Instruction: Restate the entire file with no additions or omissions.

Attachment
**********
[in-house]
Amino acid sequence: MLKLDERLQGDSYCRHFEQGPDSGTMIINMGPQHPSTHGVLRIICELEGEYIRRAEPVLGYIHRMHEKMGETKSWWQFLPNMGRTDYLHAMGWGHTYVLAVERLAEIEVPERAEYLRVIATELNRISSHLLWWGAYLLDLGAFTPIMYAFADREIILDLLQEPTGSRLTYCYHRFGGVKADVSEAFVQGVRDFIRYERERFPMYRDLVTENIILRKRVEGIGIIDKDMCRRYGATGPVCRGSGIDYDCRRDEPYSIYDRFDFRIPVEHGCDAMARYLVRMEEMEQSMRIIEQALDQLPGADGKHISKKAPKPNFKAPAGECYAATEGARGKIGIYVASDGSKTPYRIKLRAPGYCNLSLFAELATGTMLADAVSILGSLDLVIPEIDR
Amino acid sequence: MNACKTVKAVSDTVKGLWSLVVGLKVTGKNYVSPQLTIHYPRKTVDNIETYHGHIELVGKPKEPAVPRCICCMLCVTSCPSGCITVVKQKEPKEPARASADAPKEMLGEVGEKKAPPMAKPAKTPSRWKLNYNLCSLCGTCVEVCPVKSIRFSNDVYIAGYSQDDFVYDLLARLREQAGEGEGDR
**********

[in-house]
Amino acid sequence: MLKLDERLQGDSYCRHFEQGPDSGTMIINMGPQHPSTHGVLRIICELEGEYIRRAEPVLGYIHRMHEKMGETKSWWQFLPNMGRTDYLHAMGWGHTYVLAVERLAEIEVPERAEYLRVIATELNRISSHLLWWGAYLLDLGAFTPIMYAFADREIILDLLQEPTGSRLTYCYHRFGGVKADVSEAFVQGVRDFIRYERERFPMYRDLVTENIILRKRVEGIGIIDKDMCRRYGATGPVCRGSGIDYDCRRDEPYSIYDRFDFRIPVEHGCDAMARYLVRMEEMEQSMRIIEQALDQLPGADGKHISKKAPKPNFKAPAGECYAATEGARGKIGIYVASDGSKTPYRIKLRAPGYCNLSLFAELATGTMLADAVSILGSLDLVIPEIDR
Amino acid sequence: MNACKTVKAVSDTVKGLWSLVVGLKVTGKNYVSPQLTIHYPRKTVDNIETYHGHIELVGKPKEPAVPRCICCMLCVTSCPSGCITVVKQKEPKEPARASADAPKEMLGEVGEKKAPPMAKPAKTPSRWKLNYNLCSLCGTCVEVCPVKSIRFSNDVYIAGYSQDDFVYDLLARLREQAGEGEGDR